I was elated to find this little gem on the dark side of a Tokyo street recently. You don’t run into a 1st generation Corolla everyday, even in Japan. But it led me to thinking about why Toyota took so long to field a capable small family car – a Beetle-fighter, if you will – and conquer the world with it.
Toyota really did things a little ass-backwards. If you look at the way they developed their ranges in the ‘50s and ‘60s, Japanese carmakers usually followed a similar pattern: start with a small economy car – or a kei, or even a trike – then aim higher with each successive new model. That’s pretty much how Daihatsu, Hino, Honda, Mazda, Mitsubishi, Nissan and Subaru did it. Toyota did the opposite. Worked out pretty well for them, too. (Certainly better than it did for the other two that bucked the trend – Isuzu and Prince.)
The first modern Toyota was the 1955 Crown, a 1.5 litre “big” car. They followed it with the 1957 Corona, initially a 1-litre. But it moved up to the 1.5 litre mid-range spot when the Crown went up to 2 litres in 1960. In 1962, the Publica was launched as the small economy model, with a 700cc twin. They then followed that up with a range-topping V8, the 1964 Crown Eight. So in the mid-60s, there was a big compact family car-sized gap in the middle of Toyota’s range. Almost everyone else was at it, from Datsun to Subaru, but Toyota took their time – it was important to get it right. And then they hit with the E10 Corolla in late 1966.
The two-door sedans arrived first, soon followed by the Sprinter coupé. The engine was an all-new OHV 4-cyl. with a displacement of either 1.1 or 1.2 litres – slightly larger than initially planned to give the model an edge over the competition. By mid-1967, the four-door had arrived, as did the two-door wagon.
Sure, the Corolla was a conservative little car with drum brakes, a live rear axle and cart springs, but it also had modern MacPherson struts up front, a peppy 60 hp engine and a 4-speed manual on the floor. That last feature was something of a gamble by Toyota: Japanese customers associated floor shifters with trucks and three speeds were still thought to be sufficient – might the presence of a 4th gear belie the fact that the engine lacked torque? The gamble paid off. Highway driving was just becoming a thing and the 4th gear proved nicely suited to it, and the floor change’s sportier feel gave the Corolla a edgier vibe. The optional 2-speed Toyoglide was also floor-mounted, but that was more for US exports anyway. This was all packaged within a nicely designed body that wouldn’t have looked out of place on a contemporary European car.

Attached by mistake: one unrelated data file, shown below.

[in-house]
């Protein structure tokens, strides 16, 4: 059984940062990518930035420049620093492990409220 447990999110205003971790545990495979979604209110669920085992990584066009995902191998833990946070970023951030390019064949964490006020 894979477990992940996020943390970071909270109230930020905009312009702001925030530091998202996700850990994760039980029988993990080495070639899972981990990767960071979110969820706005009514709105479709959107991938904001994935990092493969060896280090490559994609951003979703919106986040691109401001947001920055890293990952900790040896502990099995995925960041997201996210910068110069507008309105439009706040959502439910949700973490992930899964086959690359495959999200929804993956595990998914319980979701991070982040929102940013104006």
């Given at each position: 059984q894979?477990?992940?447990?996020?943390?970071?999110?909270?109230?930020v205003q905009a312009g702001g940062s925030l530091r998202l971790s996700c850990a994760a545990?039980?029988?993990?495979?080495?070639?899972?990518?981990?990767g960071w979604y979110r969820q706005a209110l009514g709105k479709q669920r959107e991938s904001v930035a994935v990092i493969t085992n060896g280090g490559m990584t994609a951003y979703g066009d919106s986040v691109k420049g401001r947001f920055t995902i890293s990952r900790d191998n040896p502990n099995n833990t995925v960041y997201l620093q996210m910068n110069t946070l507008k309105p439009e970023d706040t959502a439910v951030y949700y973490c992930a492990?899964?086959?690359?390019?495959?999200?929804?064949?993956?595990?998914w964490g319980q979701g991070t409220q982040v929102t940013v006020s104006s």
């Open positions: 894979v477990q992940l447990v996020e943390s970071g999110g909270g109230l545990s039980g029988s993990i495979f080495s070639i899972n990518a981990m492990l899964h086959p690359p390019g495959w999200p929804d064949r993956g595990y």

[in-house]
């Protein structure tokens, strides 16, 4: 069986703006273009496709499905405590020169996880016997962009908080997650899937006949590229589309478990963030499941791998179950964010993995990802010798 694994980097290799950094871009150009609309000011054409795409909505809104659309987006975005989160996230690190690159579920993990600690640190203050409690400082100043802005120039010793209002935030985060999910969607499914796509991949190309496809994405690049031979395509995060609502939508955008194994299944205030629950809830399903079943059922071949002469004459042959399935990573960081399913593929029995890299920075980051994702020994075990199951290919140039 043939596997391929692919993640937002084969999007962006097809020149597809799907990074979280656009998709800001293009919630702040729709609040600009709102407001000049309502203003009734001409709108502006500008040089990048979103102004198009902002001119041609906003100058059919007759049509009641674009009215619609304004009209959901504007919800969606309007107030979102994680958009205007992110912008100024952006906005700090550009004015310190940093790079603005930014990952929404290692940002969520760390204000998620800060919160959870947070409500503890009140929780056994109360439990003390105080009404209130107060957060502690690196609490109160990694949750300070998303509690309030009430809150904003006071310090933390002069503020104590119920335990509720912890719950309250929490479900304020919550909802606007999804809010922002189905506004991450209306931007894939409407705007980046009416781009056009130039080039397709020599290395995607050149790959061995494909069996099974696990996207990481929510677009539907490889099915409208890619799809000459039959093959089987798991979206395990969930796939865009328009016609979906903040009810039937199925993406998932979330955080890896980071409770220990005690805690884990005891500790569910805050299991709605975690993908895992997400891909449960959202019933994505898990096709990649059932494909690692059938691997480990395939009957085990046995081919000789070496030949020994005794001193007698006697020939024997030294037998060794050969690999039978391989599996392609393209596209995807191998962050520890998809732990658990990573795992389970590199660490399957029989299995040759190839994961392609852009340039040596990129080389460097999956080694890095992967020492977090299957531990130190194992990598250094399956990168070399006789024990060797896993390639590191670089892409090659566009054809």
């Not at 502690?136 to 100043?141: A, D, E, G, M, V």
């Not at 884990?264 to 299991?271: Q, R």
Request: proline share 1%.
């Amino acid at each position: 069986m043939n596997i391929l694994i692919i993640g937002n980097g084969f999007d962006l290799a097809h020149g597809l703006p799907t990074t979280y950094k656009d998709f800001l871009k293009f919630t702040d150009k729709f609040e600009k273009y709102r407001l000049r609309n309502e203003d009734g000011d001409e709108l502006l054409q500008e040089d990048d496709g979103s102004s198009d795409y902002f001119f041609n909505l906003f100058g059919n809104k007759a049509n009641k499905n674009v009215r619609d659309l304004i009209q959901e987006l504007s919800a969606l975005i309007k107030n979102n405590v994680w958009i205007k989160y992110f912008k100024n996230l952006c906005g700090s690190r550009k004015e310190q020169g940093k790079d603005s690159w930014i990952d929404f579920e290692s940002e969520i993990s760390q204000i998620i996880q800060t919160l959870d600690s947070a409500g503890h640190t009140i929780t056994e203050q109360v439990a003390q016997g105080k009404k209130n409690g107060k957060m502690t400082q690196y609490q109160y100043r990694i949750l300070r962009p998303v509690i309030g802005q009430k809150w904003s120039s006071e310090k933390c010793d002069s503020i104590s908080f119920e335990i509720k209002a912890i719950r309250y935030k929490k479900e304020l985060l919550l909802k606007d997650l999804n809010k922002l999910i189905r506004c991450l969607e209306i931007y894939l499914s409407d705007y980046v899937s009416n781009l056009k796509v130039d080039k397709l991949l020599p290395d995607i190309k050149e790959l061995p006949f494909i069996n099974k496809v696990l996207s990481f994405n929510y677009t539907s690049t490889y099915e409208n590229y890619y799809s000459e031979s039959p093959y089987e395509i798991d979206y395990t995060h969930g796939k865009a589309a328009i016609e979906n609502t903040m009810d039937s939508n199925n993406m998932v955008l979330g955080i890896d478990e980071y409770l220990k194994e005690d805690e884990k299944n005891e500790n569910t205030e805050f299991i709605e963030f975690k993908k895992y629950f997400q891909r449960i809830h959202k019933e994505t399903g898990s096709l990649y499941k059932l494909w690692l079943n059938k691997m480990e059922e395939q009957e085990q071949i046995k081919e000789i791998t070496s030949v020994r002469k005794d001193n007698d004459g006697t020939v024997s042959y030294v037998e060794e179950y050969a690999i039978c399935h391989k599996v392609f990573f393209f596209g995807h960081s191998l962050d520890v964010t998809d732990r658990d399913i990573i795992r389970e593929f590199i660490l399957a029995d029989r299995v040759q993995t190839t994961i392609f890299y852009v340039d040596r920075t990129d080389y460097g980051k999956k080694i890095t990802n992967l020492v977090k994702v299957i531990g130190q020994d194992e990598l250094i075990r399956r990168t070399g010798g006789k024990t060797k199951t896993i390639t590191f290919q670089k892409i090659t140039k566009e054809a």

The E10 Corolla’s modern and neutral look was probably the key to its success. One could mentally replace the Toyota badges with Ford or Opel ones, and most people wouldn’t have known any better. You couldn’t really do that with the Publica or the early Coronas, or indeed with most of the Corolla’s rivals. The Corolla was a sign that Toyota had become a true global player, with enough confidence to take on the likes of BMC, Fiat, Renault or VW on emerging markets and soon on their domestic ones, competing in every segment.
It all started with this. Well, not this one exactly, as it has had more than a few modifications. Thankfully, the lack of lighting prevented me from seeing their full extent. At least, the polished brightwork and general shape looked legit enough. Few 50-year old Corollas would still be on the street without a few ameliorations, anyway.
I have vivid memories of my mother’s 1980 Corolla wagon, which she bought second hand in 1987 and drove my brother and me to school with for three years. It had five gears, quad headlamps, rubber bumpers, rear doors and plastic wood on the sides, but still was pretty closely related to this original version. The older car looks better of course, with all those ‘60s chrome touches, but three-door wagons are just plain impractical. That Sprinter coupé, on the other hand…